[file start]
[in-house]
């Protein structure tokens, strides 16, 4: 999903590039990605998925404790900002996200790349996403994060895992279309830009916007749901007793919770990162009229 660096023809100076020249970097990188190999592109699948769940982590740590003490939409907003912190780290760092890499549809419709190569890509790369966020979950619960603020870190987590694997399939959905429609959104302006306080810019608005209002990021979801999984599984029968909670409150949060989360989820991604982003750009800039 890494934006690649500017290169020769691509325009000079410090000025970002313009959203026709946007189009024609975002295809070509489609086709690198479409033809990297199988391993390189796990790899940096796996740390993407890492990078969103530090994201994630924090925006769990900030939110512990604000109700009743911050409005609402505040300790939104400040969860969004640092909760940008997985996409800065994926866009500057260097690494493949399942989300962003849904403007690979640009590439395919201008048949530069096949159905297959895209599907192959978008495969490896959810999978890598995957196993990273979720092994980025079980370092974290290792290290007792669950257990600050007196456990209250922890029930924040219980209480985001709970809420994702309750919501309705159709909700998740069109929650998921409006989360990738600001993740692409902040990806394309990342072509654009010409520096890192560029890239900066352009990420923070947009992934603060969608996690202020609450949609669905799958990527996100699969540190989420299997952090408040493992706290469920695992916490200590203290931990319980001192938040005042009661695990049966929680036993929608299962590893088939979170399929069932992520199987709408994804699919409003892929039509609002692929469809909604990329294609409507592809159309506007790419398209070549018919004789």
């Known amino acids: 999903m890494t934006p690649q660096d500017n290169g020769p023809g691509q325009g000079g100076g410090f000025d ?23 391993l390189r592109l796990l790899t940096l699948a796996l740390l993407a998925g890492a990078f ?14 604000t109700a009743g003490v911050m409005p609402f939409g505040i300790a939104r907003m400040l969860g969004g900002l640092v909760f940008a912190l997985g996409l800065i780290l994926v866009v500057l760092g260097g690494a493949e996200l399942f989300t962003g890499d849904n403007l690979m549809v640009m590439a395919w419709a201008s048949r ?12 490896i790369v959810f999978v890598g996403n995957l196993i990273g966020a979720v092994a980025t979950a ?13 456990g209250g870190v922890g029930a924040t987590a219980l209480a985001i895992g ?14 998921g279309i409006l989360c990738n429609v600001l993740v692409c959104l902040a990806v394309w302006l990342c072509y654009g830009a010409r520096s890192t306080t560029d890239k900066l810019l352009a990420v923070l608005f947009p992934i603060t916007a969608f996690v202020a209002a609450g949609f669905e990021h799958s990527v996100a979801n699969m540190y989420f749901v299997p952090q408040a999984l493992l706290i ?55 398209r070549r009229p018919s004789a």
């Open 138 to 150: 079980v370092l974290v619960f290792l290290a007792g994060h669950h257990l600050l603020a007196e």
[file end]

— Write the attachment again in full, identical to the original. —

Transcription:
[in-house]
């Protein structure tokens, strides 16, 4: 999903590039990605998925404790900002996200790349996403994060895992279309830009916007749901007793919770990162009229 660096023809100076020249970097990188190999592109699948769940982590740590003490939409907003912190780290760092890499549809419709190569890509790369966020979950619960603020870190987590694997399939959905429609959104302006306080810019608005209002990021979801999984599984029968909670409150949060989360989820991604982003750009800039 890494934006690649500017290169020769691509325009000079410090000025970002313009959203026709946007189009024609975002295809070509489609086709690198479409033809990297199988391993390189796990790899940096796996740390993407890492990078969103530090994201994630924090925006769990900030939110512990604000109700009743911050409005609402505040300790939104400040969860969004640092909760940008997985996409800065994926866009500057260097690494493949399942989300962003849904403007690979640009590439395919201008048949530069096949159905297959895209599907192959978008495969490896959810999978890598995957196993990273979720092994980025079980370092974290290792290290007792669950257990600050007196456990209250922890029930924040219980209480985001709970809420994702309750919501309705159709909700998740069109929650998921409006989360990738600001993740692409902040990806394309990342072509654009010409520096890192560029890239900066352009990420923070947009992934603060969608996690202020609450949609669905799958990527996100699969540190989420299997952090408040493992706290469920695992916490200590203290931990319980001192938040005042009661695990049966929680036993929608299962590893088939979170399929069932992520199987709408994804699919409003892929039509609002692929469809909604990329294609409507592809159309506007790419398209070549018919004789």
């Known amino acids: 999903m890494t934006p690649q660096d500017n290169g020769p023809g691509q325009g000079g100076g410090f000025d ?23 391993l390189r592109l796990l790899t940096l699948a796996l740390l993407a998925g890492a990078f ?14 604000t109700a009743g003490v911050m409005p609402f939409g505040i300790a939104r907003m400040l969860g969004g900002l640092v909760f940008a912190l997985g996409l800065i780290l994926v866009v500057l760092g260097g690494a493949e996200l399942f989300t962003g890499d849904n403007l690979m549809v640009m590439a395919w419709a201008s048949r ?12 490896i790369v959810f999978v890598g996403n995957l196993i990273g966020a979720v092994a980025t979950a ?13 456990g209250g870190v922890g029930a924040t987590a219980l209480a985001i895992g ?14 998921g279309i409006l989360c990738n429609v600001l993740v692409c959104l902040a990806v394309w302006l990342c072509y654009g830009a010409r520096s890192t306080t560029d890239k900066l810019l352009a990420v923070l608005f947009p992934i603060t916007a969608f996690v202020a209002a609450g949609f669905e990021h799958s990527v996100a979801n699969m540190y989420f749901v299997p952090q408040a999984l493992l706290i ?55 398209r070549r009229p018919s004789a």
């Open 138 to 150: 079980v370092l974290v619960f290792l290290a007792g994060h669950h257990l600050l603020a007196e």